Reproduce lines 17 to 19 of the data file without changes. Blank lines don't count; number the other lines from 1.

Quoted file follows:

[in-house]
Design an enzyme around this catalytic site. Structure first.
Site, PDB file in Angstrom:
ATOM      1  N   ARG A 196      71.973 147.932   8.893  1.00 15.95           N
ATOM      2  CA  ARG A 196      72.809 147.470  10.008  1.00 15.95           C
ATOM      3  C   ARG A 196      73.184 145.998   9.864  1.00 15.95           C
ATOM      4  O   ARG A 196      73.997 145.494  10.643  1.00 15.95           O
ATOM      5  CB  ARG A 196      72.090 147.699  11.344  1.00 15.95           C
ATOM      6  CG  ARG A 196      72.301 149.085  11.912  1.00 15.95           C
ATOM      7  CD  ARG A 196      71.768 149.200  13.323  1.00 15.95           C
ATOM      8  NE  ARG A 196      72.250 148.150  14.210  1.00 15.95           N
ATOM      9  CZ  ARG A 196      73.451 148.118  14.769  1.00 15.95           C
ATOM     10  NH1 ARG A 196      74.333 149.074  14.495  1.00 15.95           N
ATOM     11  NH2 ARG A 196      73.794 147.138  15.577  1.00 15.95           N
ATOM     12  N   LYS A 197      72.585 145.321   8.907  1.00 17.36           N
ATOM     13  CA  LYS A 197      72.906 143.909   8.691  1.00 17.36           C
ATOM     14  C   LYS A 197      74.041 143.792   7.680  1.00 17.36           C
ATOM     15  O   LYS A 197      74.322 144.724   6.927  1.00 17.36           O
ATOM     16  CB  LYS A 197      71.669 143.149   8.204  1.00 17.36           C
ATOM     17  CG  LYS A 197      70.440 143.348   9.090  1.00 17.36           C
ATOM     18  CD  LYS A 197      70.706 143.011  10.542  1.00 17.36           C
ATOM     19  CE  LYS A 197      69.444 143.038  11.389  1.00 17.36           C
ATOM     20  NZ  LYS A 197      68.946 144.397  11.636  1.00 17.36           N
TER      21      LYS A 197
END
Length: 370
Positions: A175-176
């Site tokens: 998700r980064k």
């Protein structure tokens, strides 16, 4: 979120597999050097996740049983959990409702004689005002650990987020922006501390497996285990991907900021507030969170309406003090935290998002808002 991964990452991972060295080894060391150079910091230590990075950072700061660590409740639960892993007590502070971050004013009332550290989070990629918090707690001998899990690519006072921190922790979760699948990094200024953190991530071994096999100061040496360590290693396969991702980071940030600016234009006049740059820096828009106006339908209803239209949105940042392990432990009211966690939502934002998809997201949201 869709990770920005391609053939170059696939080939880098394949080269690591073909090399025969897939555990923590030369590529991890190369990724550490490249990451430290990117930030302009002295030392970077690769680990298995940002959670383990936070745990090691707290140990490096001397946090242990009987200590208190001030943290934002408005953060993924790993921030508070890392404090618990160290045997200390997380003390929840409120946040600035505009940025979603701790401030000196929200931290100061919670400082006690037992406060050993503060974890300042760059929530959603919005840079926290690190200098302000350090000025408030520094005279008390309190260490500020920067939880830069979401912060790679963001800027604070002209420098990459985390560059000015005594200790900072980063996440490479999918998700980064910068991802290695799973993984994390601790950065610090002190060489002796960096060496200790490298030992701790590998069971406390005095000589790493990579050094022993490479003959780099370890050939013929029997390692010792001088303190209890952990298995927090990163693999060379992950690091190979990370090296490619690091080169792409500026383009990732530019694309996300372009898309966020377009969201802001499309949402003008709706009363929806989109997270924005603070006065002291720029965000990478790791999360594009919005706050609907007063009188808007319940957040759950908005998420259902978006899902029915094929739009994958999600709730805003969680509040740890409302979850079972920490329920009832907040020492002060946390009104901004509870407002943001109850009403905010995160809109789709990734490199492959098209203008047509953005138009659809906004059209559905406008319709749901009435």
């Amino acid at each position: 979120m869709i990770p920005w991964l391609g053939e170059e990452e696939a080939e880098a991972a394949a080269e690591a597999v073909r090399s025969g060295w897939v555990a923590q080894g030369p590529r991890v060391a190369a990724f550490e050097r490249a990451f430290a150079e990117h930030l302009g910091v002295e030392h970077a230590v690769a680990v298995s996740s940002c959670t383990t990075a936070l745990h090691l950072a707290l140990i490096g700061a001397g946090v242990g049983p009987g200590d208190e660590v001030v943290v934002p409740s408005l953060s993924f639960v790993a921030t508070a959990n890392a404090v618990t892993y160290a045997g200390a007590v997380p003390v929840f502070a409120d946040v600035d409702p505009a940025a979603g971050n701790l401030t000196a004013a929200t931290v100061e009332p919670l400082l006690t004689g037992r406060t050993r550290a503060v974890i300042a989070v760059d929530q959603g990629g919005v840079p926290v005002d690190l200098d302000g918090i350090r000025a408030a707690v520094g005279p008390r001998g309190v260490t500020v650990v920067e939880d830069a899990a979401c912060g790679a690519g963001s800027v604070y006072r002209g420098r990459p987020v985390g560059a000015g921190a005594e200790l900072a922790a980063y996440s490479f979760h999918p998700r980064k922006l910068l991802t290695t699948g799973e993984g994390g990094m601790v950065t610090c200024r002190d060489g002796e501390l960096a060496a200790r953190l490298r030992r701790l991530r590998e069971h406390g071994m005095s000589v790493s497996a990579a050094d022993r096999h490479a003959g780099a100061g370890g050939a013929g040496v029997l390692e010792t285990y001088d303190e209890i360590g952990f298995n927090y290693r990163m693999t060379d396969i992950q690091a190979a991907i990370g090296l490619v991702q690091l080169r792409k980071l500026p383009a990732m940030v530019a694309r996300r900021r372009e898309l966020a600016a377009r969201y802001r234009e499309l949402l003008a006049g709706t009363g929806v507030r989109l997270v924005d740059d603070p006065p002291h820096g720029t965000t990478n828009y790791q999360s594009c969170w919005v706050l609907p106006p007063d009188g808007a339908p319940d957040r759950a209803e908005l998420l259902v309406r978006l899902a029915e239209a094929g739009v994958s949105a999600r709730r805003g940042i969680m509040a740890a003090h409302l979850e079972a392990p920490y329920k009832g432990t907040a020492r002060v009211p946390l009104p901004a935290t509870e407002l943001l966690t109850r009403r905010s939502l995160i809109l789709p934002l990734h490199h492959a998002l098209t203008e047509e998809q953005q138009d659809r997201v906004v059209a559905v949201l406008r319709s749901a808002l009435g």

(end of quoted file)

ATOM     14  C   LYS A 197      74.041 143.792   7.680  1.00 17.36           C
ATOM     15  O   LYS A 197      74.322 144.724   6.927  1.00 17.36           O
ATOM     16  CB  LYS A 197      71.669 143.149   8.204  1.00 17.36           C